Film Review – Horrible Bosses

There is a universal relatability at the core of Horrible Bosses. No matter what kind of person you are or how well you’ve been brought up, there is a sentence that has crossed all of our minds at one point or another: “I’d like to kill that guy.” Now, it was probably thought in the heat of the moment after some asshole cut you off on the freeway. But the idea was there, if only for a split second. However, there are very few of us who would actually go through with such an idea. This fact is what makes Horrible Bosses a film that many people will be able to relate to, but one that doesn’t totally sell its convictions. The filmmakers are hoping that audiences will think “I hate my boss. Life would be so much easier if he was dead,” and that will be enough for them. Unfortunately they were so sure of their premise that they forgot to actually make it a convincing plot development that three ordinary guys would turn into murderers after little more than one drunken conversation.

The film begins with narration from each of our main characters. Nick (Jason Bateman, Juno) tells the story of how he came to be a desk jockey for the last eight years thanks to his asshole of a boss, Dave (Kevin Spacey, American Beauty). Constantly forced to stay late and take part in humiliating mind games, Nick has only stuck around this long because of a big promotion Dave has been dangling in front of his face. Nick’s friend Dale (Charlie Day, It’s Always Sunny in Philadelphia) talks about his life as a dental assistant who has to deal with constant harassment by his sexually aggressive boss Julia (Jennifer Aniston, The Good Girl). Unlike his two friends, Kurt (Jason Sudeikis, Hall Pass) works at a job he loves. He tell us how much he enjoys being the right hand man to Jack (Donald Sutherland, National Lampoon’s Animal House), a great boss at a chemical company. Unfortunately, he has to deal with Jack’s son Bobby (Colin Farrell, In Bruges), a sleazy cokehead just waiting for his chance to take over.

After this effective sequence, the plot gets rolling. The promotion Nick was working so hard the past months for? Dave decides to take the position on himself, thus getting a bigger office and paycheck. The happiness Dale feels at his recent engagement? Taken away when Julia finds out and says she’ll blackmail him if he doesn’t have sex with her before the wedding. Kurt’s dream job? Turns into a nightmare when Jack dies and Bobby takes over. His first order of business: have Kurt fire either the fat girl or the guy in the wheelchair, because they make him sad. These events all coincide with one another, leading to a depressed night at the bar for our three friends. Over drinks they discuss how much better life would be if their respective bosses were out of the picture.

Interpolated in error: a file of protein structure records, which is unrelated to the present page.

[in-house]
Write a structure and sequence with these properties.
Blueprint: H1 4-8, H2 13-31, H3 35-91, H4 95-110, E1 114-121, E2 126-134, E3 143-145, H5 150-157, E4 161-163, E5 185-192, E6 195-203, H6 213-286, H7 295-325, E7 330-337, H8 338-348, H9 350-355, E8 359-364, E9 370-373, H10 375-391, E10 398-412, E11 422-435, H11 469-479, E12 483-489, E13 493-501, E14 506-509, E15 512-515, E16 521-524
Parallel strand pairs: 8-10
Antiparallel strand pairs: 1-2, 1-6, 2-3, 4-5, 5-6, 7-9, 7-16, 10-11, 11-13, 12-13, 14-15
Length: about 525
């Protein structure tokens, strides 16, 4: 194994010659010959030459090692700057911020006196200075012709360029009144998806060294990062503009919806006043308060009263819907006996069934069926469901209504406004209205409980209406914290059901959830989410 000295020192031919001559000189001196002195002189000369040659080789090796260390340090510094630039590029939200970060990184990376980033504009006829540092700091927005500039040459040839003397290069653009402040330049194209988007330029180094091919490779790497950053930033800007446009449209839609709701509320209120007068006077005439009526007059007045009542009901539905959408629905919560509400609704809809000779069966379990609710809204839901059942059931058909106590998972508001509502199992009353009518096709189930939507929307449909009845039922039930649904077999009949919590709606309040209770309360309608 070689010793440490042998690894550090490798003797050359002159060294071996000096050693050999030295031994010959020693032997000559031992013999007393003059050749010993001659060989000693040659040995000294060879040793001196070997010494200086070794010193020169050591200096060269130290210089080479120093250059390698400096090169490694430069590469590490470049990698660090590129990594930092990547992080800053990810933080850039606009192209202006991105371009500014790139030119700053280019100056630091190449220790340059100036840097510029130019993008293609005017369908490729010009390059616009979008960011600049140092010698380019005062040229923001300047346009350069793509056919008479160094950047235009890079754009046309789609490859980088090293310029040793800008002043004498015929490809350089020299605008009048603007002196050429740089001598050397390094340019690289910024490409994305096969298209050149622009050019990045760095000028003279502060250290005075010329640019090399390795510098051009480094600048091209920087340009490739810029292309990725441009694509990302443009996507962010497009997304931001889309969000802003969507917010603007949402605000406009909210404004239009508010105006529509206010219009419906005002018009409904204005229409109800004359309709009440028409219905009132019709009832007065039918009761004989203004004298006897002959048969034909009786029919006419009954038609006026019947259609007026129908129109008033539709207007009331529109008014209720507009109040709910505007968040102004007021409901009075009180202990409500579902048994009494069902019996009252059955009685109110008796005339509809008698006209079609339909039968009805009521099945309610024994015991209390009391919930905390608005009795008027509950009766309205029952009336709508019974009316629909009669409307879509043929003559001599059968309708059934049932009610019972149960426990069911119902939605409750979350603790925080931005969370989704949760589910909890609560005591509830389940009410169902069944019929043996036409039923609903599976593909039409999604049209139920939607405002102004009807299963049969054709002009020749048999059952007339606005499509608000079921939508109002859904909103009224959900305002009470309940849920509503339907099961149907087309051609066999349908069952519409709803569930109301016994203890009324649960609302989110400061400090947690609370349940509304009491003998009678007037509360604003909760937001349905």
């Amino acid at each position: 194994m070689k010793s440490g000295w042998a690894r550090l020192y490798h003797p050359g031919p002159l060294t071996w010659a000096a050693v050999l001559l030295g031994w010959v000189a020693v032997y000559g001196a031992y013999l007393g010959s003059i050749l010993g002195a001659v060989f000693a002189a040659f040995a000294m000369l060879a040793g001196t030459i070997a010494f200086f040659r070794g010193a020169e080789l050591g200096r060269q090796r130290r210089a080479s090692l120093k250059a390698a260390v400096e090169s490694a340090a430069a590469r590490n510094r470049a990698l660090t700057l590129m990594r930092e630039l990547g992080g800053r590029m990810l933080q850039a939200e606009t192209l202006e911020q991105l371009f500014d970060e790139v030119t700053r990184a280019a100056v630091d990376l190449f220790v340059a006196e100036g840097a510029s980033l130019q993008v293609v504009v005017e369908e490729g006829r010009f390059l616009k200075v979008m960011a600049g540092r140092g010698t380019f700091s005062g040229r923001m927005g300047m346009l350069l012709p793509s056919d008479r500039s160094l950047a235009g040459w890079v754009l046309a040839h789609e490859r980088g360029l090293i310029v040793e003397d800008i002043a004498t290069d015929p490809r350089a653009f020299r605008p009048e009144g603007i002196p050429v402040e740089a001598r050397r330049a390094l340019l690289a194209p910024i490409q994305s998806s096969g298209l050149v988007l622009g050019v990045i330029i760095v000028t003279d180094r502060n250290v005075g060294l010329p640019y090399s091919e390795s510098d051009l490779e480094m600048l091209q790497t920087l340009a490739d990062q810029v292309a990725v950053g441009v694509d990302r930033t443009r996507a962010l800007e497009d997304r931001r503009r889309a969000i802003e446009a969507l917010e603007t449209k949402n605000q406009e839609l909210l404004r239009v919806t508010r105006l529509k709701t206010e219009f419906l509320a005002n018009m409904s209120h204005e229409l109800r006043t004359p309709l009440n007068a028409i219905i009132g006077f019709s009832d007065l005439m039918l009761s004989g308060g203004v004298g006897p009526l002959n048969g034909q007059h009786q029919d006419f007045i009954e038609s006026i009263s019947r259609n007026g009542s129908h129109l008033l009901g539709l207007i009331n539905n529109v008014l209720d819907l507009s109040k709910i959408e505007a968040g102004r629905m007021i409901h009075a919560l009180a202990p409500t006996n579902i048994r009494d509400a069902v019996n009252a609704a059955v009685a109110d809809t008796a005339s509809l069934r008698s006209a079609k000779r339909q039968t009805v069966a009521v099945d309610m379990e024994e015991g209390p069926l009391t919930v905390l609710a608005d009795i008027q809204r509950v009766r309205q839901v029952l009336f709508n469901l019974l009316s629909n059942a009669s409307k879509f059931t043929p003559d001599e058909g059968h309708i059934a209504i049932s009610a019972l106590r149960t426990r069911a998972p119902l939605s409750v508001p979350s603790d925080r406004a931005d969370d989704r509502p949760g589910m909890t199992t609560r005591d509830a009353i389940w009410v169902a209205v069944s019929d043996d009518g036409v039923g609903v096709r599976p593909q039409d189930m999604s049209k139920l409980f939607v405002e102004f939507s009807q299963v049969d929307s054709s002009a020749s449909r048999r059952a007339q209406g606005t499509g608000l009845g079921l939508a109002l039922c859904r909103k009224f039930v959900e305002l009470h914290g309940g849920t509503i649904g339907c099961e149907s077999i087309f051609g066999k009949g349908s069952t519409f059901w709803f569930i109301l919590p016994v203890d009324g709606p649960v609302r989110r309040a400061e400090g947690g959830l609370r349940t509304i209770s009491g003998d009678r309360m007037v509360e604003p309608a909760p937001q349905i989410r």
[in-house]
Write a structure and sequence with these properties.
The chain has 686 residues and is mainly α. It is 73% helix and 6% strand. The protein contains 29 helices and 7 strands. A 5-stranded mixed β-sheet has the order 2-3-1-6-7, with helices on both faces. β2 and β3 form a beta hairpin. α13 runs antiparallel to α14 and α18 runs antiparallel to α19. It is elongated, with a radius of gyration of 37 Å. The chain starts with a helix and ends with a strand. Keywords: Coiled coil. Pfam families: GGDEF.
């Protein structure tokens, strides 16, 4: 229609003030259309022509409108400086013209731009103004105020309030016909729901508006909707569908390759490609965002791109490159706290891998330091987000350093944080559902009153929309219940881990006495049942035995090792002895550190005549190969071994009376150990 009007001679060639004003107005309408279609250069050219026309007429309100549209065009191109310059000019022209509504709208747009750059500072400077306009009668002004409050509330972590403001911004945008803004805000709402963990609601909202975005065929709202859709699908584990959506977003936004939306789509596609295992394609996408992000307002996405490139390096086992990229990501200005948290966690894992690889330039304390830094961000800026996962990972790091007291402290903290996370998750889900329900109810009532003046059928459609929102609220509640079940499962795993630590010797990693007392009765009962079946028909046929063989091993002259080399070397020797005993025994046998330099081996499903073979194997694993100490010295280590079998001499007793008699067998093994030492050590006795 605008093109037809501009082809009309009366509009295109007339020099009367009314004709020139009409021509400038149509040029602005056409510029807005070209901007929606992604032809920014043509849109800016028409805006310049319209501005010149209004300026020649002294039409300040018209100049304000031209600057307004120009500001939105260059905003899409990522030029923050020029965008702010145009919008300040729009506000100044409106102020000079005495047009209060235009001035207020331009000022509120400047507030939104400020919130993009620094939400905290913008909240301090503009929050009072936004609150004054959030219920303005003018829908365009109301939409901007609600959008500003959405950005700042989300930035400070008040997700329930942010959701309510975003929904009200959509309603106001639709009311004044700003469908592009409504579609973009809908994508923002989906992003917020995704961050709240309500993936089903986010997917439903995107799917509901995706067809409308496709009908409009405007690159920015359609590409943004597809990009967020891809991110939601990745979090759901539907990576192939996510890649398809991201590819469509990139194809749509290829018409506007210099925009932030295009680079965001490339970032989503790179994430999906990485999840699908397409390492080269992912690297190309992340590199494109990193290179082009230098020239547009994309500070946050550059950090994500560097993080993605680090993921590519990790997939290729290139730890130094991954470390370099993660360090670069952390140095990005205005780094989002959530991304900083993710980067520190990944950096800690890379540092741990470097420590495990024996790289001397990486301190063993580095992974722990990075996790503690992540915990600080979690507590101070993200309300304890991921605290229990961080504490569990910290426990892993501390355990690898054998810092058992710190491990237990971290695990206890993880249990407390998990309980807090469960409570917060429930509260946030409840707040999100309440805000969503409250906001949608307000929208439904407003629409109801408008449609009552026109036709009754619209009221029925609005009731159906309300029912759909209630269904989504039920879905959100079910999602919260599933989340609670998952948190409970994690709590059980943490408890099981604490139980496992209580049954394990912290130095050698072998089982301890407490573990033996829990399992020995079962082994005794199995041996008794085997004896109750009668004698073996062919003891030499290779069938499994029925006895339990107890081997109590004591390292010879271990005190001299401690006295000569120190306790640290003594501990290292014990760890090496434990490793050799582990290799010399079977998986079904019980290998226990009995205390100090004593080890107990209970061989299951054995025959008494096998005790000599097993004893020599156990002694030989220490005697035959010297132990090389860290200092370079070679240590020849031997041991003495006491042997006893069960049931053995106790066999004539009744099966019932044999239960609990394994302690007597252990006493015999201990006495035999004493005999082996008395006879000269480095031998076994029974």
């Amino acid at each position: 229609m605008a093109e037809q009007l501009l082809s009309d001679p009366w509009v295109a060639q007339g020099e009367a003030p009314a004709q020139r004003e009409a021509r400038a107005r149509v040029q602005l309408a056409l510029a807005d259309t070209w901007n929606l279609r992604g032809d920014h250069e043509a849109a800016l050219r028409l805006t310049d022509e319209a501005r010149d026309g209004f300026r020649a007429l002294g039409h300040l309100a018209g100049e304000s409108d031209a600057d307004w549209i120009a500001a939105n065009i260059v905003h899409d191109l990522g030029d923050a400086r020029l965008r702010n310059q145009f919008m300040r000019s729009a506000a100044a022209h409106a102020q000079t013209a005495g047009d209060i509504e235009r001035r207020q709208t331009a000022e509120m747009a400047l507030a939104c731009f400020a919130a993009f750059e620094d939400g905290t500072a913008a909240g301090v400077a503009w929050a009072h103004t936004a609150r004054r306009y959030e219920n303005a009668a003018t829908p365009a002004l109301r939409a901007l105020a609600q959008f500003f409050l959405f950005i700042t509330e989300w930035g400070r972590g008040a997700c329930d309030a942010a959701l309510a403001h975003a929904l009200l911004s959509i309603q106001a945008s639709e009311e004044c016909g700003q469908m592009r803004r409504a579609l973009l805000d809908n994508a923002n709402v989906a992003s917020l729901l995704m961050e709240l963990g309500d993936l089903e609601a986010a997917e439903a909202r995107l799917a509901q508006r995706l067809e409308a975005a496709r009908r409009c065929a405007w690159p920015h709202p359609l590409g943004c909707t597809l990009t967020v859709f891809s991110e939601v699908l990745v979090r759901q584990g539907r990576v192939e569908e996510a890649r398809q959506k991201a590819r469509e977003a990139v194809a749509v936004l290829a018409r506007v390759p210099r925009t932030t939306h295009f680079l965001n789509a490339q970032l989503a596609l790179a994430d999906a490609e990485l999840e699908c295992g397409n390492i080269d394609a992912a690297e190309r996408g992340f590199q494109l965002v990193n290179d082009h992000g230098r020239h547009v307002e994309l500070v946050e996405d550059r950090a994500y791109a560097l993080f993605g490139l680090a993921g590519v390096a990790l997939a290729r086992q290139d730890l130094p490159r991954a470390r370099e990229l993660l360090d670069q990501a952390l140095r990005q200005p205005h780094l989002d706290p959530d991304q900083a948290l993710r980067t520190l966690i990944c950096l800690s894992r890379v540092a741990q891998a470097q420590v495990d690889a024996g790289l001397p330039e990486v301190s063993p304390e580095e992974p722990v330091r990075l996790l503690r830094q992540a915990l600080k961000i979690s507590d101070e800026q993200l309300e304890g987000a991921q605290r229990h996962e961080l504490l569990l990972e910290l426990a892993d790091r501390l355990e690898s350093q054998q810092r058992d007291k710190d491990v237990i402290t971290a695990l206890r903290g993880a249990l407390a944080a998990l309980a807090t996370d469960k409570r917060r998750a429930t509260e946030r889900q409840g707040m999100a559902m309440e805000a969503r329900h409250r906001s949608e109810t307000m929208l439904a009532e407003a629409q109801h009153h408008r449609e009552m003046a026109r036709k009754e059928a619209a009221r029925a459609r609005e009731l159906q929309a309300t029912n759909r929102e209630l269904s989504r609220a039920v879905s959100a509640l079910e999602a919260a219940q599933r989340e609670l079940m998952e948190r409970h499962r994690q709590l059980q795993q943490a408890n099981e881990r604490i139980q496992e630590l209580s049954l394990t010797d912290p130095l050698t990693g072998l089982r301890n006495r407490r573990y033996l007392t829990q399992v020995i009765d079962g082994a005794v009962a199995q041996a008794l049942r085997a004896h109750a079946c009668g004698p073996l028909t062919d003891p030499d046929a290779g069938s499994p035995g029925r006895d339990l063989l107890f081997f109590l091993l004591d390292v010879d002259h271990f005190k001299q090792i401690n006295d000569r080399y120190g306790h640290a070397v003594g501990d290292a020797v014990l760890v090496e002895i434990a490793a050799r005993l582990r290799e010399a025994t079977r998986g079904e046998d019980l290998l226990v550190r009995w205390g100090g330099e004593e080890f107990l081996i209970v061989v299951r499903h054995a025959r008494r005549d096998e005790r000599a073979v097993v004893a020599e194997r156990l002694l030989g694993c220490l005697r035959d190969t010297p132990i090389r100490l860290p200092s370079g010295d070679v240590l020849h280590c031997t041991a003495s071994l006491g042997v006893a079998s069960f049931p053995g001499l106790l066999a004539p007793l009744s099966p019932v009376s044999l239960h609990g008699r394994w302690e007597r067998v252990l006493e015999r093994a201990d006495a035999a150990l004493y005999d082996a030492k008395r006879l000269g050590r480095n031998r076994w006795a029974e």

This aspect of the plot is handled well, with the boys deciding that they aren’t murderers, but might have the capacity to hire someone else to take care of their bosses. A drive into the bad part of town introduces them to the funniest character in the film, Motherfucker Jones (Jamie Foxx, Ray). They tell their story to Motherfucker and hope that he’ll do their dirty work. Unfortunately, he’s on probation and wants to keep his hands clean. Motherfucker decides that it’ll be best for everyone involved if he just acts as their murder consultant and gives them tips on committing the crimes. Here is where the film loses its sense of reality. The bosses have all been over the top creations, but our three leads have acted like normal people. Once they realize that they have to kill their bosses themselves, they accept it a bit too quickly. Within one scene they are scheming and surveying. These scenes are at times very funny, but since the film doesn’t sell their decision, it brings the plot further from the reality of the first act and more into the realm of a cartoon.


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John is the co-host of The Macguffin Podcast, lover of 80s teen and horror films, and an independent filmmaker.

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